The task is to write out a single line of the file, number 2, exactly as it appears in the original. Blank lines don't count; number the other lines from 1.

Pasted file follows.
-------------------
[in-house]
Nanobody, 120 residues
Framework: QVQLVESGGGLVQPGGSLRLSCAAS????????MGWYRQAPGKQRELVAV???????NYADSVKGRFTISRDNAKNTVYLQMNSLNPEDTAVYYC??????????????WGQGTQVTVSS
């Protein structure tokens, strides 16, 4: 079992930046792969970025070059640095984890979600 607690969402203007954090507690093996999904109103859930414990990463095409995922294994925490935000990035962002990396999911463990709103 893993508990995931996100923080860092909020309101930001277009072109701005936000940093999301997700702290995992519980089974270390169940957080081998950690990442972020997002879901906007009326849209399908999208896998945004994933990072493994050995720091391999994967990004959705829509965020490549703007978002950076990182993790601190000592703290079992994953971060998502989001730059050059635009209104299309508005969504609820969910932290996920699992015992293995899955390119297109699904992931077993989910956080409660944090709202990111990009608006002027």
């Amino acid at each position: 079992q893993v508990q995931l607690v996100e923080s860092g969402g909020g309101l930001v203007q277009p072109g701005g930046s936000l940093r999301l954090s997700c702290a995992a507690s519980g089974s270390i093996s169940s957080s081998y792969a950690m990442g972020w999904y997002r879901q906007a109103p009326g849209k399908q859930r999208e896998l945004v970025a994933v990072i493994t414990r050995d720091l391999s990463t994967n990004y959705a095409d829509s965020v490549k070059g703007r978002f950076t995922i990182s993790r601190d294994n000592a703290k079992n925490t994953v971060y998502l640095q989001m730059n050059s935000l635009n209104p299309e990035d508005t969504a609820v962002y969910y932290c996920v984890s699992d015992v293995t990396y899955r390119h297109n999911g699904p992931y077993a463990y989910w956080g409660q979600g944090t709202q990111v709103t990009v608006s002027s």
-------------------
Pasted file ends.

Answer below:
Nanobody, 120 residues